What is SQL Clone?
Published 27 October 2016
SQL Clone is a server-based software technology that makes it very quick and easy to create many copies, or clones, of a Microsoft SQL Server database, such as for database development and testing purposes.
SQL Clone creates one complete, point-in-time image of the original database, and from this image it can create many clones, exact replicas with the same data, very quickly. Each clone works just like normal SQL Server databases, and can be connected to and edited from Visual Studio or SQL Server Management Studio, just like any other database. However, it's initial size is a small fraction of the original database.
How is this possible? SQL Clone uses virtual hard disk technology built into the Windows operating system to make it possible for many SQL Server instances to share access to the original database's files, held in the image. This means that SQL Clone can install multiple clones of a large database very quickly, wherever they are required in the network, because it doesn't need to copy the files to every machine. Each clone takes up minimal initial storage space on its host. Any subsequent changes to a clone are stored locally, affect only that clone, and won't affect the image.
So, for example, creating four copies of a 500 GB database would, by traditional database copying techniques such as restoring a backup, require 2TB of initial extra storage space, and might take several hours. With SQL Clone it requires 500 GB of initial extra storage space (for the image) and then tens of MB of initial storage for each clone. Creating each clone takes only seconds.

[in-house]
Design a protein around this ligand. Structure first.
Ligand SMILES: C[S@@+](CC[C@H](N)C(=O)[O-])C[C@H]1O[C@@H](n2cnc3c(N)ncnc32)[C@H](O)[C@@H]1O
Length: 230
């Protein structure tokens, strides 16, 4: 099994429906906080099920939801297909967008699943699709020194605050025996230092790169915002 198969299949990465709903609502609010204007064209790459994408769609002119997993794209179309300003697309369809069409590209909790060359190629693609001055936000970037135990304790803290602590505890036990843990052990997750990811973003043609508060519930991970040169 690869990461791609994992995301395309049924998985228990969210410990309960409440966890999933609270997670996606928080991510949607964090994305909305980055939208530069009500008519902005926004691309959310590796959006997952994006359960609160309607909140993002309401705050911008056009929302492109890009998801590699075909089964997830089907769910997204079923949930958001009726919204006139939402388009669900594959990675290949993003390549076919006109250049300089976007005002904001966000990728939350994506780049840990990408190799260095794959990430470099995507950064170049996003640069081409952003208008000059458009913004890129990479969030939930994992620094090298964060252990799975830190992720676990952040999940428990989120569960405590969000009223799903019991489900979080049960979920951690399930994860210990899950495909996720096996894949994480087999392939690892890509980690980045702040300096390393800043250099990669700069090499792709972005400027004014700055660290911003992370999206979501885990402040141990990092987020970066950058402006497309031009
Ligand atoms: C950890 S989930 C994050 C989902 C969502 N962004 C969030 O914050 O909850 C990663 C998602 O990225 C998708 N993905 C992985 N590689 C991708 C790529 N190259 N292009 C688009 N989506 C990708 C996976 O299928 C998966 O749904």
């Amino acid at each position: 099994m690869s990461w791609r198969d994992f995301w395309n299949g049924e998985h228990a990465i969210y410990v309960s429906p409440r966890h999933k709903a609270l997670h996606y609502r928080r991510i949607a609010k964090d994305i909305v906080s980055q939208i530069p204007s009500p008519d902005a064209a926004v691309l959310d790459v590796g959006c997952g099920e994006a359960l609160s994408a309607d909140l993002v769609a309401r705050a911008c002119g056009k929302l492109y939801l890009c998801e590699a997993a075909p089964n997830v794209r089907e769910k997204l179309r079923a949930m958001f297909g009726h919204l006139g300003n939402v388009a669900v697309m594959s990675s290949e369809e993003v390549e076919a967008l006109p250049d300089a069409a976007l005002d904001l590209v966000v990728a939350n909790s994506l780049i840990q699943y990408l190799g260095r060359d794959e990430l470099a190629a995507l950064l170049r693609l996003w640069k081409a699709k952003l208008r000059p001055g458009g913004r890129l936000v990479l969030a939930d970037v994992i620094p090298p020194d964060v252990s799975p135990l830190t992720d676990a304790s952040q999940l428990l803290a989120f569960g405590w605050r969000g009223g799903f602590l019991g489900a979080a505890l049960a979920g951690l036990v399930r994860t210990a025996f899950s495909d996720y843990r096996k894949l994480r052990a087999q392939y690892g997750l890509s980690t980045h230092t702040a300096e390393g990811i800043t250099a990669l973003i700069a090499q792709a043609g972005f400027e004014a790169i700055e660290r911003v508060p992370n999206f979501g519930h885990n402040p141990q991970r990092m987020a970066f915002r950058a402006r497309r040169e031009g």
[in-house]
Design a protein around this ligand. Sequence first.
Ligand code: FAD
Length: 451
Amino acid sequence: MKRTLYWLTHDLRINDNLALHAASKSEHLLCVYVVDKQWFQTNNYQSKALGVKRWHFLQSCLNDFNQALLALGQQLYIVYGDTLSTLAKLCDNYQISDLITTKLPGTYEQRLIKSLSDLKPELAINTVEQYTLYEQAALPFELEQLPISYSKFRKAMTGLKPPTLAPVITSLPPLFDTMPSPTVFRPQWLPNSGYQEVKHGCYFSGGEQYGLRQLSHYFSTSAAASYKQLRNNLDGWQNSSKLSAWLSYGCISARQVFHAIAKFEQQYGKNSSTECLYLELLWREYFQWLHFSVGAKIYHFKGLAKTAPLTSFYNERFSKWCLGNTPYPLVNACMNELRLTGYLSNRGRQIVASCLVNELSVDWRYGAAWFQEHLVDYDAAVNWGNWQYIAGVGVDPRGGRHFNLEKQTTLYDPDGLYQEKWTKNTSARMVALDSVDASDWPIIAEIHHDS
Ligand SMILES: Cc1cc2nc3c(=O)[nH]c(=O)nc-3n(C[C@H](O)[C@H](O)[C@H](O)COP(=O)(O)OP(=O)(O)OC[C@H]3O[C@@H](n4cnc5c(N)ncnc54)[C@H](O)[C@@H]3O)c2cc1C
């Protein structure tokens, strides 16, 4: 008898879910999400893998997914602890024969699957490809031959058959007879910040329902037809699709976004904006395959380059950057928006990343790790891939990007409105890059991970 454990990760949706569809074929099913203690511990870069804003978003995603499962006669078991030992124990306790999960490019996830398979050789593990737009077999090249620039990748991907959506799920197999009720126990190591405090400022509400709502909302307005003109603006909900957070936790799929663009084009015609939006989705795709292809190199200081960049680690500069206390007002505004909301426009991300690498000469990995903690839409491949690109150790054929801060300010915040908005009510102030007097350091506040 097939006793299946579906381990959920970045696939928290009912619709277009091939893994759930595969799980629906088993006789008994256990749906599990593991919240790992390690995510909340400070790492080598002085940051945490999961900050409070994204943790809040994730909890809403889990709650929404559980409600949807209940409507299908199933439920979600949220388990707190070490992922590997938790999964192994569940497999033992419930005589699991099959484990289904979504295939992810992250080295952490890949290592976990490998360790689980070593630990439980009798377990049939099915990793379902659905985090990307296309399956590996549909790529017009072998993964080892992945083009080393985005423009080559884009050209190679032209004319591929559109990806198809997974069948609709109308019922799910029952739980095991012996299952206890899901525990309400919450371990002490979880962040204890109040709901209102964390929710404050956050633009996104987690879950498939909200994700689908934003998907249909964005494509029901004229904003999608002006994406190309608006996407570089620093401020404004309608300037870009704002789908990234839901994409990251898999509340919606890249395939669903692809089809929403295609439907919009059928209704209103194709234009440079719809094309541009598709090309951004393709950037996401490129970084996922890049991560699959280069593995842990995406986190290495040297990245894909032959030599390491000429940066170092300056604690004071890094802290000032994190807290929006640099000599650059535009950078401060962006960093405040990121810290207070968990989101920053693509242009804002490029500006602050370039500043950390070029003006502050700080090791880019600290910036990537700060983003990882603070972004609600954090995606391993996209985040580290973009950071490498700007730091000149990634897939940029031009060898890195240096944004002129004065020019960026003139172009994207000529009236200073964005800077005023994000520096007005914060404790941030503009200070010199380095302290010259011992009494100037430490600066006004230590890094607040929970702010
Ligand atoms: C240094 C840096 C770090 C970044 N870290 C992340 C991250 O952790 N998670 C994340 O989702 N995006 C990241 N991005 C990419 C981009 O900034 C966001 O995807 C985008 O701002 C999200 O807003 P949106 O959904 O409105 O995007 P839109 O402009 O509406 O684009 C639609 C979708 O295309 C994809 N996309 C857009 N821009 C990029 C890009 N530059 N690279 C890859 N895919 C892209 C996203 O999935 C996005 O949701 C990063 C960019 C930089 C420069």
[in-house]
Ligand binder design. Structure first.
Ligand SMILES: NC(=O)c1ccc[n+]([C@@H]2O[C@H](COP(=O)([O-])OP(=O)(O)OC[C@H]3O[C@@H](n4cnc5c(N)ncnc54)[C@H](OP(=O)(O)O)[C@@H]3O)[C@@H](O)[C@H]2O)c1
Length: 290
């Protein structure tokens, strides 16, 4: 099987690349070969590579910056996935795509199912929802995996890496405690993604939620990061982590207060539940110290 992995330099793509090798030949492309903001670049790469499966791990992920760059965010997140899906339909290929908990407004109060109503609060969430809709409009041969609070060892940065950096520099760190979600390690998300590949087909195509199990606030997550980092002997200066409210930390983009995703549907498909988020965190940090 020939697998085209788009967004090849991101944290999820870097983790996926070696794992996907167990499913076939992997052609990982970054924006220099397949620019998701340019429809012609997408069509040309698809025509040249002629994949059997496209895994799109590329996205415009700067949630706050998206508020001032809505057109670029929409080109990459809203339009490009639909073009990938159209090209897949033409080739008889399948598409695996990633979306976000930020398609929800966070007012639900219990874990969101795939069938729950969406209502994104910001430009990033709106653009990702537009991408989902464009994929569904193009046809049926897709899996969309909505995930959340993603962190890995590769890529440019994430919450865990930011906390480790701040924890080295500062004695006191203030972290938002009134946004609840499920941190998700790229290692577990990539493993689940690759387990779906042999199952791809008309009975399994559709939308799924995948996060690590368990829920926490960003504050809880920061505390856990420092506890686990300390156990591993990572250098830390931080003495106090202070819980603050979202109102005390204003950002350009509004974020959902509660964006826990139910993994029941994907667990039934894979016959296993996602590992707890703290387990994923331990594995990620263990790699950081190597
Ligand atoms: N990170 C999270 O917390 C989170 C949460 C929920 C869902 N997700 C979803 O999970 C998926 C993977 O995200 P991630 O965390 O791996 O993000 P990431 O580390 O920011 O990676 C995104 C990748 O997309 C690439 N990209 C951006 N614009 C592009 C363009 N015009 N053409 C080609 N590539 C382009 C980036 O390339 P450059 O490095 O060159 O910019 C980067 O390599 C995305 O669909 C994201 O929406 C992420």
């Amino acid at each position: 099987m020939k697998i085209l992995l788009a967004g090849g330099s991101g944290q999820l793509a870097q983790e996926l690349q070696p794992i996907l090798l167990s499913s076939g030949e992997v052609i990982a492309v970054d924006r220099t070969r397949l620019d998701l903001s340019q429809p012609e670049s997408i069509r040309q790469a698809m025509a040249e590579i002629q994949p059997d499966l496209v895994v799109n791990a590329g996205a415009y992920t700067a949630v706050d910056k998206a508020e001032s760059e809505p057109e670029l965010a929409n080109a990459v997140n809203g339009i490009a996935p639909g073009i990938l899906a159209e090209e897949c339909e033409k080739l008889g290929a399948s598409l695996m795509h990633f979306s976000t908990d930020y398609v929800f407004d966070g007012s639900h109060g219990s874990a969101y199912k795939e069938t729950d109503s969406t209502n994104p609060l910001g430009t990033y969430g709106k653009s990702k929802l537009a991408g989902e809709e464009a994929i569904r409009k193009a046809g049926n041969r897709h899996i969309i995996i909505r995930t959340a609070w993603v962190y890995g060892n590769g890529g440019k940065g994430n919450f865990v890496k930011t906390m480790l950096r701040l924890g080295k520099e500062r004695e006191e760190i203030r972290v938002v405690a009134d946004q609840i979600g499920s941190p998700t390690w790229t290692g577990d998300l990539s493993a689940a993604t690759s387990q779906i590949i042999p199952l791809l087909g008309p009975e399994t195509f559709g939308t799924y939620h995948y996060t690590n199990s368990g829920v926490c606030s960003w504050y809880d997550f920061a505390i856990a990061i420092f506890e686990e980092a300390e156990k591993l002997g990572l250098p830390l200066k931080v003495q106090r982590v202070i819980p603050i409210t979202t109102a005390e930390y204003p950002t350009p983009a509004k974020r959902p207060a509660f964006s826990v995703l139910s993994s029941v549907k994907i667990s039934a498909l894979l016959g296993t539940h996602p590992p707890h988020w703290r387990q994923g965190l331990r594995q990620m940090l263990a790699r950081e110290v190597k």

When providing multiple copies of large databases, SQL Clone will save a lot of time and plenty of disk space. Beyond that, it is designed specifically to encourage a DevOps approach to database development and deployment processes.
For the Ops team, SQL Clone removes much of the administrative burden from the task of making copies of large production databases available for development, test, QA, reporting, staging and UAT. It allows them to control where database copies are deployed, who can access them, and to ensure data remains safe. SQL Clone can incorporate data masking to obfuscate or remove personal and sensitive data, before copies are distributed.
For the Dev team, SQL Clone represents a database service that can provide as many copies of a source database as they need, quickly, and on demand. The source database could be the latest development build, stocked with test data, or a large production database. Each developer can work on their own local copy of the same version of this database, with the same data. Any subsequent changes affect only their local copy. Suddenly, they can treat even a very large database as a lightweight, ephemeral resource that they can spin up, use, destroy and recreate, as required. Each time, this takes seconds rather than hours.
Is a clone exactly like a real database?
In short, yes. Cloning, in general, means "producing similar populations of genetically identical individuals". Similarly, a database 'clone', produced using SQL Clone, is a complete copy of a SQL Server database, 'genetically identical' to the original in terms of its files, schema, metadata, statistics and data. SQL Clone makes no changes to SQL Server or the way it works, and SQL Server treats a clone exactly as it would any other database. The underlying difference is that whereas a biological clone, like "dolly the sheep", can function completely independently, a database clone must always retain a connection to its progenitor, i.e. to the image from which is was created. See How Clones Work for more details.